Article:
Fireplaces and fire pits have become the hub of a quality Colorado backyard, says Phil Steinhauer, owner of Centennial’s Designscapes Colorado: “I think outdoor fire elements are so popular because they’re versatile and really do extend the life of a patio on a chilly evening.”
The trick to getting a fire setup right starts with knowing how you’ll use it. “A fireplace is more intimate, whereas a fire pit creates more of a social campfire situation,” Steinhauer says. For a fireplace, think oversized and comfortable furniture that’s “just like what you would lounge on inside around the embers,” he says. For a fire pit, think bench seating and Adirondack chairs that can accommodate a large number of guests.
Here, Steinhauer takes us through other guidelines to follow when creating an outdoor hearth by way of this showstopping Evergreen backyard on Bear Creek. Be warned: out-of-state guests may look to mimic your result. “The outdoor lifestyle has become synonymous with a Colorado lifestyle,” Steinhauer says.
KNOW HOW YOU’LL USE IT.
This fireplace functions as the home’s center for outdoor entertaining, so it only makes sense that it features both ample seating and a dining arrangement.
CONSIDER GAS FLAMES.
There are many reasons, aside from the obvious fire danger, why Steinhauer encourages gas fire areas. “It takes a long time to build a fire and it can be smelly,” he says. “Gas is cleaner and easier to light and maintain—you can sit around it for five minutes or five hours.” While nothing will replicate the crackling of a wood-burning fire, Steinhauer suggests choosing fake log sets (of which there are many options) to make fires look natural. This particular homeowner wanted the fireplace to be wood-burning so they could create a “blazing fire” for guests. Some of the property’s other fire features, however, are gas.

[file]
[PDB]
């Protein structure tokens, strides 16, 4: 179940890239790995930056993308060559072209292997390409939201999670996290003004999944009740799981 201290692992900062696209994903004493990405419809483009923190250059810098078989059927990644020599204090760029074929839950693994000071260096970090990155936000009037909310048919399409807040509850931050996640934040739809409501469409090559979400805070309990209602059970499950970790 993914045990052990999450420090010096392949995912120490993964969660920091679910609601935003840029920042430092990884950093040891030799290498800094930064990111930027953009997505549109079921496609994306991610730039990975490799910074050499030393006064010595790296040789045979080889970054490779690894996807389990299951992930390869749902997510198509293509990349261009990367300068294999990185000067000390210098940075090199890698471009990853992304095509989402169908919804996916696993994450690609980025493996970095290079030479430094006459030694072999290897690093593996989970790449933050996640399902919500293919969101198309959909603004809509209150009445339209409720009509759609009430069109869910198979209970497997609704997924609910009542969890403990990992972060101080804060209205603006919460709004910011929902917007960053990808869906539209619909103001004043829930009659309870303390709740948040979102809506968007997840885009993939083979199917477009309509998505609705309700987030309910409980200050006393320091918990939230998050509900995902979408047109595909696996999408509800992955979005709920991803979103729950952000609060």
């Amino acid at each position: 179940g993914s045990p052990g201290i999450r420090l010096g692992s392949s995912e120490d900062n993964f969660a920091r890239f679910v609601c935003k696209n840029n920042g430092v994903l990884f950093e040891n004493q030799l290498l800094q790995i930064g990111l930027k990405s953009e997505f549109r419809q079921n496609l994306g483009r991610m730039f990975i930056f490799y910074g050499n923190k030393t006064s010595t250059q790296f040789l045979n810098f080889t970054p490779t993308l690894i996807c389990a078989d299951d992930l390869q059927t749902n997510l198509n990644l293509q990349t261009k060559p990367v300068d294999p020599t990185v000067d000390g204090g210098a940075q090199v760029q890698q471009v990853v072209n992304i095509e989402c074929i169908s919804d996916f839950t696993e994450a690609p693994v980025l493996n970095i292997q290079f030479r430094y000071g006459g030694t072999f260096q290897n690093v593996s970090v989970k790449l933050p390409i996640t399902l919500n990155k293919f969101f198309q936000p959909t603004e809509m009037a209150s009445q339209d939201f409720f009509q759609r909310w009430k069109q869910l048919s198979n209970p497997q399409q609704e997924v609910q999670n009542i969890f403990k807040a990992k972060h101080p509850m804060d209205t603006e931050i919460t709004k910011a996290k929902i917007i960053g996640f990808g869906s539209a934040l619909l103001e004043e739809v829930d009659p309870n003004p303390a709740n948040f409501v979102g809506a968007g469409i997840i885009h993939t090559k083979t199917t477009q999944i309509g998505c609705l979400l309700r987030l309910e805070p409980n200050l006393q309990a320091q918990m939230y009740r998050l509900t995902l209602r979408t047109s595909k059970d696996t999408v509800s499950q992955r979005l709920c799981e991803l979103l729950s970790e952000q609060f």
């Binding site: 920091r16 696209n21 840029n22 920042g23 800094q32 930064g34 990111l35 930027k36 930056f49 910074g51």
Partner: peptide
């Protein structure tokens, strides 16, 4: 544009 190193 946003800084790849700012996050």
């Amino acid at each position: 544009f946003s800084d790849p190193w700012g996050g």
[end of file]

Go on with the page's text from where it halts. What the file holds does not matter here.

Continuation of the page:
STICK TO ONE RULE WITH MATERIALS.
“Blend the outside design with the inside,” says Steinhauer. Start with stone that, one, is complimentary in style and color to your home’s architecture and, two, matches the natural landscape. “This is what creates the seamless transition to an outdoor living space,” he says. Hard materials, such as stone or brick, are best for fireplaces. Use a firebrick for the interior of a fire pit or fireplace to keep the exterior stone from getting too hot and cracking.
BE THOUGHTFUL WITH LIGHTING.
“We don’t really like to see the lighting elements, so we used a lot of additional low-voltage, recessed lighting,“ says Steinhauer. “Many of the bulbs are hidden in stones or around the back of the fireplace. The lighting is subtle, which makes it more relaxing and inviting.”
KEEP PROPORTIONS BALANCED.
This massive yard features two outdoor fireplaces and three fire pits that hug part of the creek. The sheer size of this fireplace—towering more than 18 feet high and reaching 15 feet in width at the base—had to be “grand enough for the space,” says Steinhauer. “The mountain behind it was big, as was the scale of the yard.” It took a lot of engineering genius, including the use of scaffolding to complete the top stonework, to make it this big.
For Steinhauer, a good height is 18 to 20 inches for a fireplace hearth or overall fire pit: “I think keeping fire features a little lower allows your legs to feel heat.” Going a little taller can allow the cap or cover to be used as a table. However, no size within reason, he says, is too big.